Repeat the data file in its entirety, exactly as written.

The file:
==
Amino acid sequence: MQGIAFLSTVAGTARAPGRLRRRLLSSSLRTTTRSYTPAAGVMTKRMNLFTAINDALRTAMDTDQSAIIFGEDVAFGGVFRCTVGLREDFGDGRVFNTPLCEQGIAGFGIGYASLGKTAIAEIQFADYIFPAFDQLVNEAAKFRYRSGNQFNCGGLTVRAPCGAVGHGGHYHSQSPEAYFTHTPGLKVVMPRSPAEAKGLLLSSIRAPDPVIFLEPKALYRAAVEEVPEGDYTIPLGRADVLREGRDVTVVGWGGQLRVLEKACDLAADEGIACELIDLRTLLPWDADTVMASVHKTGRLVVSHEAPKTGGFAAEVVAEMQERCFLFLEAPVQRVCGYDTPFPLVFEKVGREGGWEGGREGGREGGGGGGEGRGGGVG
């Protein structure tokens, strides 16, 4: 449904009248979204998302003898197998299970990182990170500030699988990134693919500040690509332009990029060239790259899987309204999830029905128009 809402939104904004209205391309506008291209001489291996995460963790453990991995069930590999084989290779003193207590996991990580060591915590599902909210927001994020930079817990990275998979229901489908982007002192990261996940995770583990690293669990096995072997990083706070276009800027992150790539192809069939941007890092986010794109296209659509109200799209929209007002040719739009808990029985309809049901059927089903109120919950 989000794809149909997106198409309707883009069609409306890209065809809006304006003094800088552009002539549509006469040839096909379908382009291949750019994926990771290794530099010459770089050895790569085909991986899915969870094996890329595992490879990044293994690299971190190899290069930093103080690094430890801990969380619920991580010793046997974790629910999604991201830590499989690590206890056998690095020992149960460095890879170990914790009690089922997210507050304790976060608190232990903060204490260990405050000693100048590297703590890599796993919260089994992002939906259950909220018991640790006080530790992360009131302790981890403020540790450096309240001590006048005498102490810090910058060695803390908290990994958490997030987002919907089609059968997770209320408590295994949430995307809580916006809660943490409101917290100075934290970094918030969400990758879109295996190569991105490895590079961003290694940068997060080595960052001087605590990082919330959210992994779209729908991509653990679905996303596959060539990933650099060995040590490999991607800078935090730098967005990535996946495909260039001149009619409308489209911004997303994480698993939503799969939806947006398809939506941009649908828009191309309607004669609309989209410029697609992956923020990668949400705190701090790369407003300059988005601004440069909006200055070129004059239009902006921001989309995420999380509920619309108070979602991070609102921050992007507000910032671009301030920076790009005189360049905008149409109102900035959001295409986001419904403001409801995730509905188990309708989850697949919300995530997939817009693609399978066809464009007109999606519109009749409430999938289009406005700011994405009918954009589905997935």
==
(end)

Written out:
Amino acid sequence: MQGIAFLSTVAGTARAPGRLRRRLLSSSLRTTTRSYTPAAGVMTKRMNLFTAINDALRTAMDTDQSAIIFGEDVAFGGVFRCTVGLREDFGDGRVFNTPLCEQGIAGFGIGYASLGKTAIAEIQFADYIFPAFDQLVNEAAKFRYRSGNQFNCGGLTVRAPCGAVGHGGHYHSQSPEAYFTHTPGLKVVMPRSPAEAKGLLLSSIRAPDPVIFLEPKALYRAAVEEVPEGDYTIPLGRADVLREGRDVTVVGWGGQLRVLEKACDLAADEGIACELIDLRTLLPWDADTVMASVHKTGRLVVSHEAPKTGGFAAEVVAEMQERCFLFLEAPVQRVCGYDTPFPLVFEKVGREGGWEGGREGGREGGGGGGEGRGGGVG
């Protein structure tokens, strides 16, 4: 449904009248979204998302003898197998299970990182990170500030699988990134693919500040690509332009990029060239790259899987309204999830029905128009 809402939104904004209205391309506008291209001489291996995460963790453990991995069930590999084989290779003193207590996991990580060591915590599902909210927001994020930079817990990275998979229901489908982007002192990261996940995770583990690293669990096995072997990083706070276009800027992150790539192809069939941007890092986010794109296209659509109200799209929209007002040719739009808990029985309809049901059927089903109120919950 989000794809149909997106198409309707883009069609409306890209065809809006304006003094800088552009002539549509006469040839096909379908382009291949750019994926990771290794530099010459770089050895790569085909991986899915969870094996890329595992490879990044293994690299971190190899290069930093103080690094430890801990969380619920991580010793046997974790629910999604991201830590499989690590206890056998690095020992149960460095890879170990914790009690089922997210507050304790976060608190232990903060204490260990405050000693100048590297703590890599796993919260089994992002939906259950909220018991640790006080530790992360009131302790981890403020540790450096309240001590006048005498102490810090910058060695803390908290990994958490997030987002919907089609059968997770209320408590295994949430995307809580916006809660943490409101917290100075934290970094918030969400990758879109295996190569991105490895590079961003290694940068997060080595960052001087605590990082919330959210992994779209729908991509653990679905996303596959060539990933650099060995040590490999991607800078935090730098967005990535996946495909260039001149009619409308489209911004997303994480698993939503799969939806947006398809939506941009649908828009191309309607004669609309989209410029697609992956923020990668949400705190701090790369407003300059988005601004440069909006200055070129004059239009902006921001989309995420999380509920619309108070979602991070609102921050992007507000910032671009301030920076790009005189360049905008149409109102900035959001295409986001419904403001409801995730509905188990309708989850697949919300995530997939817009693609399978066809464009007109999606519109009749409430999938289009406005700011994405009918954009589905997935």